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Physical activity and risk of Metabolic Syndrome in an urban Mexican cohort

  • Author(s): Méndez-Hernández, Pablo
  • Flores, Yvonne
  • Siani, Carole
  • Lamure, Michel
  • Dosamantes-Carrasco, L Darina
  • Halley-Castillo, Elizabeth
  • Huitrón, Gerardo
  • Talavera, Juan O
  • Gallegos-Carrillo, Katia
  • Salmerón, Jorge
  • et al.
Abstract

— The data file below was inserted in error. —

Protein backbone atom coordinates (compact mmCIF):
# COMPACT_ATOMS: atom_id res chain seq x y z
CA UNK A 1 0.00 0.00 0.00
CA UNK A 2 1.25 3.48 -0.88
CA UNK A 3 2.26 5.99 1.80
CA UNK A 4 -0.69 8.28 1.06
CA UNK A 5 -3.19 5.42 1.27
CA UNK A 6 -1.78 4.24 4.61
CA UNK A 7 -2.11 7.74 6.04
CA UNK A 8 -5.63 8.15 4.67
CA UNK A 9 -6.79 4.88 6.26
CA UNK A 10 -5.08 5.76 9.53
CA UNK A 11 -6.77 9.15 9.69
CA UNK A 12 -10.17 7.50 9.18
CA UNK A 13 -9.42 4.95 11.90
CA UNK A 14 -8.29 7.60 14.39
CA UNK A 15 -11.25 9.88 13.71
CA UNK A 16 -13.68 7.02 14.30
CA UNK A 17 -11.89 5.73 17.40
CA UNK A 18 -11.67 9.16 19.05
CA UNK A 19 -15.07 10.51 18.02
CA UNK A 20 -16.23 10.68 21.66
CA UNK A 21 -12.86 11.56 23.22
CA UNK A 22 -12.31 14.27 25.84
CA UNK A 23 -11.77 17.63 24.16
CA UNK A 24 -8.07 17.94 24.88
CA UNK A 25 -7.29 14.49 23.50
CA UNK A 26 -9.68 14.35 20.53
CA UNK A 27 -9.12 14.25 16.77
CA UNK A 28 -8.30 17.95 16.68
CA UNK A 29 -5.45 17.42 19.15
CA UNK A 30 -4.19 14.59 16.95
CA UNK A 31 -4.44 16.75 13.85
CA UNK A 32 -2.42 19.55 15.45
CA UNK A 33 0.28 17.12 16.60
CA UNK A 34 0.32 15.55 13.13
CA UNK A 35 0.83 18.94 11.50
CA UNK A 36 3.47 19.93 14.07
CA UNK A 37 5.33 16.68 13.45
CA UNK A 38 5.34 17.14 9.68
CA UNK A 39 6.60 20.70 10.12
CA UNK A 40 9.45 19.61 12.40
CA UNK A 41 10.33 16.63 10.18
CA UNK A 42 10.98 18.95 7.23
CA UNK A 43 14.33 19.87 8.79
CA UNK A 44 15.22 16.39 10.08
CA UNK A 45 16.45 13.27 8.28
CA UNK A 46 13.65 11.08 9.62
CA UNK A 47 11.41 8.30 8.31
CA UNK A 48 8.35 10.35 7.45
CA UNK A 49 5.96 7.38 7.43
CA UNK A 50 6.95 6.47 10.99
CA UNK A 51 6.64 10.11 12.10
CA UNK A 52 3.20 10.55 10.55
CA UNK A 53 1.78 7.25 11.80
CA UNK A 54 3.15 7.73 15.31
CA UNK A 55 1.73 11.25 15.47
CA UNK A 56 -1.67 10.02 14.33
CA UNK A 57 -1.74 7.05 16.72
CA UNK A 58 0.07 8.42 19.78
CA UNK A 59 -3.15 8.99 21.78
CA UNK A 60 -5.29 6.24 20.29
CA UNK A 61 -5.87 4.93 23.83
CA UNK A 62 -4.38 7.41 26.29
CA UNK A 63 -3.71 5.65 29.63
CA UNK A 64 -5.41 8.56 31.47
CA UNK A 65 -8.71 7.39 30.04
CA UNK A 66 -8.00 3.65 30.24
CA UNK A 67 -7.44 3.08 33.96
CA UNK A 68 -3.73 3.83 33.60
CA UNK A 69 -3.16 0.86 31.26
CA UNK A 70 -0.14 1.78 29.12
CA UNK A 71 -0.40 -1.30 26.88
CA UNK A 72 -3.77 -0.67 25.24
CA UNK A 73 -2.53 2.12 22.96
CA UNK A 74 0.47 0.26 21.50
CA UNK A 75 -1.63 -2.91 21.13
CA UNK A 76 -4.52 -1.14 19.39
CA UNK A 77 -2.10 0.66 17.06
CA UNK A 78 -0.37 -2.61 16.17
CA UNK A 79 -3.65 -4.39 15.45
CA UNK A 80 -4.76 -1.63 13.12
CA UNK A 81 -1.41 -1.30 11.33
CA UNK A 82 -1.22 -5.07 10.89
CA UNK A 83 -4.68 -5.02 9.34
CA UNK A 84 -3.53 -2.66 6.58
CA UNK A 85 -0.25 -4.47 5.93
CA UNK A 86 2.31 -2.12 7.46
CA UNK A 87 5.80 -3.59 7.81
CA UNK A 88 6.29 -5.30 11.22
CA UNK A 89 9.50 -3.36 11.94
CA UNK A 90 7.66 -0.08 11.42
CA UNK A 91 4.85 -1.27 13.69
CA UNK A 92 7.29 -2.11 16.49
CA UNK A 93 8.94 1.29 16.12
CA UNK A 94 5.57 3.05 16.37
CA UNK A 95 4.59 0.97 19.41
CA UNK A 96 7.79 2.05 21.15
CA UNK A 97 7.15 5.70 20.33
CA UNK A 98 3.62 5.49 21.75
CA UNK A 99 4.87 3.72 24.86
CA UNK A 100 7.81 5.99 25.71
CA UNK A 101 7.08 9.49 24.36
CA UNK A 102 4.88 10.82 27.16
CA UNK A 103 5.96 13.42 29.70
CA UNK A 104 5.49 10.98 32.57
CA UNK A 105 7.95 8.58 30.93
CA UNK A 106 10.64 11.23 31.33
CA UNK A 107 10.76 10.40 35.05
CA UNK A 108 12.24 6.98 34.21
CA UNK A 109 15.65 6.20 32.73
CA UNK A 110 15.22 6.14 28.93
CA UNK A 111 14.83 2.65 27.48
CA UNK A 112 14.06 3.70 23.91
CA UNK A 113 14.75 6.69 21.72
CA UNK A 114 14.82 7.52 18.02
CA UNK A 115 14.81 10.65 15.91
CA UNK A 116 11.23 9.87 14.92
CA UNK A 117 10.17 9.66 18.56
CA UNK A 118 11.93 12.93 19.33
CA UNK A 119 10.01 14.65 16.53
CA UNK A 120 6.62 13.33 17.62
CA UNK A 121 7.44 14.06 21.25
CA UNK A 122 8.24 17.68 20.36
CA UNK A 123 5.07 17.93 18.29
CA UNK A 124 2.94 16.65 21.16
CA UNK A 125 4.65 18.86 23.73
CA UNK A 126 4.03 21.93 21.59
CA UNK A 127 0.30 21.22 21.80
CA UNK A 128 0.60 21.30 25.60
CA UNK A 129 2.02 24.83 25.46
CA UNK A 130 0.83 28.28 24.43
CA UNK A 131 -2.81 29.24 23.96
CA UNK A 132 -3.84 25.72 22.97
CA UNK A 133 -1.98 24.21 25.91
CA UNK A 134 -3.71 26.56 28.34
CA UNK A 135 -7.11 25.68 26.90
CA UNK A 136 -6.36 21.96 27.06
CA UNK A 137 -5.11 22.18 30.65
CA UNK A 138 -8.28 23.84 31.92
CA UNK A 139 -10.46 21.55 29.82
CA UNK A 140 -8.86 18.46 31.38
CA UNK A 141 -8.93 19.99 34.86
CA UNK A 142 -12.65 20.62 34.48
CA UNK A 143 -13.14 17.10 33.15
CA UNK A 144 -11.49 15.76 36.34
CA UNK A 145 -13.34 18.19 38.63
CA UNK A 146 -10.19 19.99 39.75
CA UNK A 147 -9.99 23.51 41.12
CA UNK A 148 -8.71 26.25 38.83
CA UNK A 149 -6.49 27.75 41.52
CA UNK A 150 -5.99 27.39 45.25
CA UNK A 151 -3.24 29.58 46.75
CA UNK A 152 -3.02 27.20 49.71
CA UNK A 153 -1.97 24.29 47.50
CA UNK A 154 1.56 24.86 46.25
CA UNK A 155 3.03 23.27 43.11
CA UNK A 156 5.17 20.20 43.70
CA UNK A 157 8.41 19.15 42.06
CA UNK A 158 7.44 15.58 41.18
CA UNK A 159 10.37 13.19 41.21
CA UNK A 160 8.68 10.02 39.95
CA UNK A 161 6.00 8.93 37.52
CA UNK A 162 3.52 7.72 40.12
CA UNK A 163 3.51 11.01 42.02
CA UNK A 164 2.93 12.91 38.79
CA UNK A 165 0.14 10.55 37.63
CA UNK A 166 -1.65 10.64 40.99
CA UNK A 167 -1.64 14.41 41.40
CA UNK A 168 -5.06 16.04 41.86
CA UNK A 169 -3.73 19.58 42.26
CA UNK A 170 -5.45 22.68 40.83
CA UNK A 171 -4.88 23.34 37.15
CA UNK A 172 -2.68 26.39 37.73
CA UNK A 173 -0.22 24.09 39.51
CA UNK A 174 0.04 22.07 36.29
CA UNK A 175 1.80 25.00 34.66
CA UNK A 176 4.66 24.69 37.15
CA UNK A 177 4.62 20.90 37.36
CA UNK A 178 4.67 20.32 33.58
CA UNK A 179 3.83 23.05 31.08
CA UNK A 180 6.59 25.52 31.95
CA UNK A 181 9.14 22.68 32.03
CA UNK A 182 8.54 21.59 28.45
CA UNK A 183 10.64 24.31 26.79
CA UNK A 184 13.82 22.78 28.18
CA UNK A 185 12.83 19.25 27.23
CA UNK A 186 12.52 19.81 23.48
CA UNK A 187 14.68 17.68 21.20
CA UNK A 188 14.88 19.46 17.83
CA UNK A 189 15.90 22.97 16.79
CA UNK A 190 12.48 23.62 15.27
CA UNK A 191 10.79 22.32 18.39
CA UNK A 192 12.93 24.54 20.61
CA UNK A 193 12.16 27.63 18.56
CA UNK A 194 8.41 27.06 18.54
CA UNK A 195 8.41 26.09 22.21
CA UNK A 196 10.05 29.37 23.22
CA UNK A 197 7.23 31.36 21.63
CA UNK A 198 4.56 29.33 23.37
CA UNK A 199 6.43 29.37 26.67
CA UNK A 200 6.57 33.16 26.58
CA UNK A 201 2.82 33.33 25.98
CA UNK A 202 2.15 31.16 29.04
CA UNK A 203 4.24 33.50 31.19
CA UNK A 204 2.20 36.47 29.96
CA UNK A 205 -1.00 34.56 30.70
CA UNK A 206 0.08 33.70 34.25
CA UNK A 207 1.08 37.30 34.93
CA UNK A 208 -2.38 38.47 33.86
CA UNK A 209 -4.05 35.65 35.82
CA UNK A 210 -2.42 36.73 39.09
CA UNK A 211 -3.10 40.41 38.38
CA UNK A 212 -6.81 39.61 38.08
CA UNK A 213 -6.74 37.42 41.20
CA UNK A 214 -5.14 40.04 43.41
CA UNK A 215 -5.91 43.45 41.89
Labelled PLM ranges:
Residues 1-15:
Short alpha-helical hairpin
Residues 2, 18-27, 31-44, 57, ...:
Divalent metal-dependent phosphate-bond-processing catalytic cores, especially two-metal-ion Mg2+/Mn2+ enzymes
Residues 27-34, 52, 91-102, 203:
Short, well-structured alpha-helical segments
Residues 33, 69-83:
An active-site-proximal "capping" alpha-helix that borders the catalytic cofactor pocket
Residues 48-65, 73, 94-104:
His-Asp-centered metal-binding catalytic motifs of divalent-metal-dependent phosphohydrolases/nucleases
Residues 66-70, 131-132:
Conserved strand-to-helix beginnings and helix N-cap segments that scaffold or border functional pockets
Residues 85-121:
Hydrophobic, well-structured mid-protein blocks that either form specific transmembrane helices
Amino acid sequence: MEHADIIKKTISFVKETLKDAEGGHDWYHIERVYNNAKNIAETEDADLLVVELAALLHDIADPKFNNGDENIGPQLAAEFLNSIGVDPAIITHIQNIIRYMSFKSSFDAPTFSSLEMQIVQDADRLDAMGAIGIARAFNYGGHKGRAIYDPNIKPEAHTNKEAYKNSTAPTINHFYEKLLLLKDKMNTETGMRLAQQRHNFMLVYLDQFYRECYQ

Abstract Background In the Mexican population metabolic syndrome (MS) is highly prevalent. It is well documented that regular physical activity (PA) prevents coronary diseases, type 2 diabetes and MS. Most studies of PA have focused on moderate-vigorous leisure-time activity, because it involves higher energy expenditures, increase physical fitness, and decrease the risk of MS. However, for most people it is difficult to get a significant amount of PA from only moderately-vigorous leisure activity, so workplace activity may be an option for working populations, because, although may not be as vigorous in terms of cardio-respiratory efforts, it comprises a considerable proportion of the total daily activity with important energy expenditure. Since studies have also documented that different types and intensity of daily PA, including low-intensity, seem to confer important health benefits such as prevent MS, we sought to assess the impact of different amounts of leisure-time and workplace activities, including low-intensity level on MS prevention, in a sample of urban Mexican adults. Methods The study population consisted of 5118 employees and their relatives, aged 20 to 70 years, who were enrolled in the baseline evaluation of a cohort study. MS was assessed according to the criteria of the National Cholesterol Education Program, ATP III and physical activity with a validated self-administered questionnaire. Associations between physical activity and MS risk were assessed with multivariate logistic regression models. Results The prevalence of the components of MS in the study population were: high glucose levels 14.2%, high triglycerides 40.9%, high blood pressure 20.4%, greater than healthful waist circumference 43.2% and low-high density lipoprotein 76.9%. The prevalence of MS was 24.4%; 25.3% in men and 21.8% in women. MS risk was reduced among men (OR 0.72; 95%CI 0.57–0.95) and women (OR 0.78; 95%CI 0.64–0.94) who reported an amount of ≥30 minutes/day of leisure-time activity, and among women who reported an amount of ≥3 hours/day of workplace activity (OR 0.75; 95%CI 0.59–0.96). Conclusion Our results indicate that both leisure-time and workplace activity at different intensity levels, including low-intensity significantly reduce the risk of MS. This finding highlights the need for more recommendations regarding the specific amount and intensity of leisure-time and workplace activity needed to prevent MS.

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